The Ford compact Escape is the automaker's second best-selling vehicle behind its mighty F-Series pickup.
The new Escape is improved because it's up against two strong rivals--the Honda CR-V and Toyota RAV4. They outsell it, but not by huge amounts.
The 2017 Escape has new front and rear fascias that make it look more imposing. It comes as the S, mid-range SE and top-line Titanium with front- or all-wheel drive. I tested the Titanium with front drive, which had occasional torque steer under hard acceleration.
List prices are $23,600 for the base S, $25,100 for the SE and $29,100 for the Titanium. Front-wheel-drive is standard. All-wheel drive is an extra $1,750.
The new engines are an EcoBoost turbocharged 1.5-liter four-cylinder with 179 horsepower and a 2-liter EcoBoost with a twin-scroll turbo that generates 245 horsepower and costs an extra $1,295.
Carried over is a 2.5-liter four-cylinder engine with 168 horsepower.
I recommend either of the new engines. All three work with a responsive six-speed automatic transmission, with responsive paddle shifters near the steering wheel.
Estimated fuel economy with the carryover engine and front-drive is 21 city and 29 highways. The EcoBoost engines with front-drive deliver in the low 20s in the city and the high 20s on highways. Fuel economy is a few miles per gallon less with all-wheel drive.
The fuel-saving Auto start-stop feature is standard with either EcoBoost engine. It shuts off the engine when it senses that the Escape is sitting idle. The engine instantly starts when the brake pedal is released. I soon became used to the feature and found it to be a good one.
Getting in or out of the Escape doesn't call for much more effort than entering or leaving a car, although occupants sit higher than in an auto.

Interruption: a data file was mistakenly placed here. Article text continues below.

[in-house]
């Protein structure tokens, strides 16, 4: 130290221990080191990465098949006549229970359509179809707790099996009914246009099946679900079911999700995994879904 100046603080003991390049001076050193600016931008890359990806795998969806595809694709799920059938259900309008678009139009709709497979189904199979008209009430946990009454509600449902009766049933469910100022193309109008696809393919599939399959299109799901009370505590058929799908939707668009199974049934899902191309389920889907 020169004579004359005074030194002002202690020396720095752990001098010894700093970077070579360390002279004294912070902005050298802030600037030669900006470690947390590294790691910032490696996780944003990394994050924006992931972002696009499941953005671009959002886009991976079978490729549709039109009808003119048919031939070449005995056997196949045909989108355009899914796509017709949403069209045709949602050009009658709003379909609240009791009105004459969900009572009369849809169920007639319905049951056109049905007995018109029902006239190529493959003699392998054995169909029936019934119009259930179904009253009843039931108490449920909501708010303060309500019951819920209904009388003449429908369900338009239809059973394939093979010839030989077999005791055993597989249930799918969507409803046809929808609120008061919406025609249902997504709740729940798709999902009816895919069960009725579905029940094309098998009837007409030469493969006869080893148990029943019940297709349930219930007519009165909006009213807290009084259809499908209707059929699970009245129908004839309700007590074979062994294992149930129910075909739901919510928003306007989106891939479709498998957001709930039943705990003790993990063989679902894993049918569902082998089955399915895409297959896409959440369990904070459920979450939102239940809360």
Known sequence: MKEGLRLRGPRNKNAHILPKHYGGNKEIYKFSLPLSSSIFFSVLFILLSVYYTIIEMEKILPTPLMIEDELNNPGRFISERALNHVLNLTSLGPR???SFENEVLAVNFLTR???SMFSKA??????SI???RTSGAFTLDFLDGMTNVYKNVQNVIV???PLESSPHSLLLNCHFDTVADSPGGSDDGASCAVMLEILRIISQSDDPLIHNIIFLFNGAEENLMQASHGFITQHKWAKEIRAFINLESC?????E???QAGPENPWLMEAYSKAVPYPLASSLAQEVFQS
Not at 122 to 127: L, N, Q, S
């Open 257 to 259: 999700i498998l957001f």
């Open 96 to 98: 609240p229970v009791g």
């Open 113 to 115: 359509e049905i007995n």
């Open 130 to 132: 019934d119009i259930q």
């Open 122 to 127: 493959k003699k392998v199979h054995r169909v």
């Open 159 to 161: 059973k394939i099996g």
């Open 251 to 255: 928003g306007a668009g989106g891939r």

The interior is quiet, backlit gauges can be quickly read and controls are easy to use, although there is almost too much of a small and large mixture of them.
There are lots of connectivity and technology options. They include adaptive cruise control, forward collision warning and Sync Connect. Among other things, Sync Connect lets you lock the Escape from a distance and, when properly equipped, start the vehicle.
My test car's front seats provided good side support in curves, which could be taken in almost a sporty manner. The steering was quick and precise, if a little rubbery, and the ride was firm, but not punishing. The brake pedal has a nice linear action.
There's a good amount of cargo space, and the hatchback has a low, wide opening for easy loading. Flipping the rear seatbacks forward greatly increases cargo space. The cabin has a decent number of storage areas.
The interior is somewhat tight, but not cramped. After all, this is an easily maneuvered compact SUV, not a big one. But a tall passenger behind a long-legged driver doesn't have much legroom to spare, and the center of the rear seat is too stiff for comfort. Thus, we've got a comfortable four-seater here, not a five-seater, as Ford claims.
Changes to the new Escape promise to keep it among the leading small SUVs. It fits nicely into today's booming small SUV and crossover markets.